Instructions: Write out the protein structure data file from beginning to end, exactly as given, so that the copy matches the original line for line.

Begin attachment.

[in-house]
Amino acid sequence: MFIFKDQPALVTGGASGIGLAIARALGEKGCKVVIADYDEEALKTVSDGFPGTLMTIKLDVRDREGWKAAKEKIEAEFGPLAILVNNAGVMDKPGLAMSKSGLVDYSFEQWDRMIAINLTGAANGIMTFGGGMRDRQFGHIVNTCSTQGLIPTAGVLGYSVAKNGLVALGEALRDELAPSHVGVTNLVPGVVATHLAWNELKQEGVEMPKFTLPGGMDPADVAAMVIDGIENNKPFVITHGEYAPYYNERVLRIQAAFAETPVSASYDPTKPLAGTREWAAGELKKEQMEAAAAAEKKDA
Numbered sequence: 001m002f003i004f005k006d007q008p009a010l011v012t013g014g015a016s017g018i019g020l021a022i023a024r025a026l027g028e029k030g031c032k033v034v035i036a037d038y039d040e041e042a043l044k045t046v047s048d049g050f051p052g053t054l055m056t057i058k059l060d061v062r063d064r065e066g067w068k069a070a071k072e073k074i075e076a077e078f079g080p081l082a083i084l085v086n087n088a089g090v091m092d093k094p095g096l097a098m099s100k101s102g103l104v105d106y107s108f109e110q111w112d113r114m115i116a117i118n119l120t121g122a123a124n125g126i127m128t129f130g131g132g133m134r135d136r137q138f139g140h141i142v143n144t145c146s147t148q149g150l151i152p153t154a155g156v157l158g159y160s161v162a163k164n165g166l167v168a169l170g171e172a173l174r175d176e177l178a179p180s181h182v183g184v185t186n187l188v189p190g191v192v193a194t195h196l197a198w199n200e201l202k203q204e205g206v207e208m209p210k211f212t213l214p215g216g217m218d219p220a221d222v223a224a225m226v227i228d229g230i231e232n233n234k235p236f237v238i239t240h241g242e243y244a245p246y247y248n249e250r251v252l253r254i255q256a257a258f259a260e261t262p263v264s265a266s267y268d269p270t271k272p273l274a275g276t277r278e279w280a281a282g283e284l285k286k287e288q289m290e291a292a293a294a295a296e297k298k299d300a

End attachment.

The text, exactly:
[in-house]
Amino acid sequence: MFIFKDQPALVTGGASGIGLAIARALGEKGCKVVIADYDEEALKTVSDGFPGTLMTIKLDVRDREGWKAAKEKIEAEFGPLAILVNNAGVMDKPGLAMSKSGLVDYSFEQWDRMIAINLTGAANGIMTFGGGMRDRQFGHIVNTCSTQGLIPTAGVLGYSVAKNGLVALGEALRDELAPSHVGVTNLVPGVVATHLAWNELKQEGVEMPKFTLPGGMDPADVAAMVIDGIENNKPFVITHGEYAPYYNERVLRIQAAFAETPVSASYDPTKPLAGTREWAAGELKKEQMEAAAAAEKKDA
Numbered sequence: 001m002f003i004f005k006d007q008p009a010l011v012t013g014g015a016s017g018i019g020l021a022i023a024r025a026l027g028e029k030g031c032k033v034v035i036a037d038y039d040e041e042a043l044k045t046v047s048d049g050f051p052g053t054l055m056t057i058k059l060d061v062r063d064r065e066g067w068k069a070a071k072e073k074i075e076a077e078f079g080p081l082a083i084l085v086n087n088a089g090v091m092d093k094p095g096l097a098m099s100k101s102g103l104v105d106y107s108f109e110q111w112d113r114m115i116a117i118n119l120t121g122a123a124n125g126i127m128t129f130g131g132g133m134r135d136r137q138f139g140h141i142v143n144t145c146s147t148q149g150l151i152p153t154a155g156v157l158g159y160s161v162a163k164n165g166l167v168a169l170g171e172a173l174r175d176e177l178a179p180s181h182v183g184v185t186n187l188v189p190g191v192v193a194t195h196l197a198w199n200e201l202k203q204e205g206v207e208m209p210k211f212t213l214p215g216g217m218d219p220a221d222v223a224a225m226v227i228d229g230i231e232n233n234k235p236f237v238i239t240h241g242e243y244a245p246y247y248n249e250r251v252l253r254i255q256a257a258f259a260e261t262p263v264s265a266s267y268d269p270t271k272p273l274a275g276t277r278e279w280a281a282g283e284l285k286k287e288q289m290e291a292a293a294a295a296e297k298k299d300a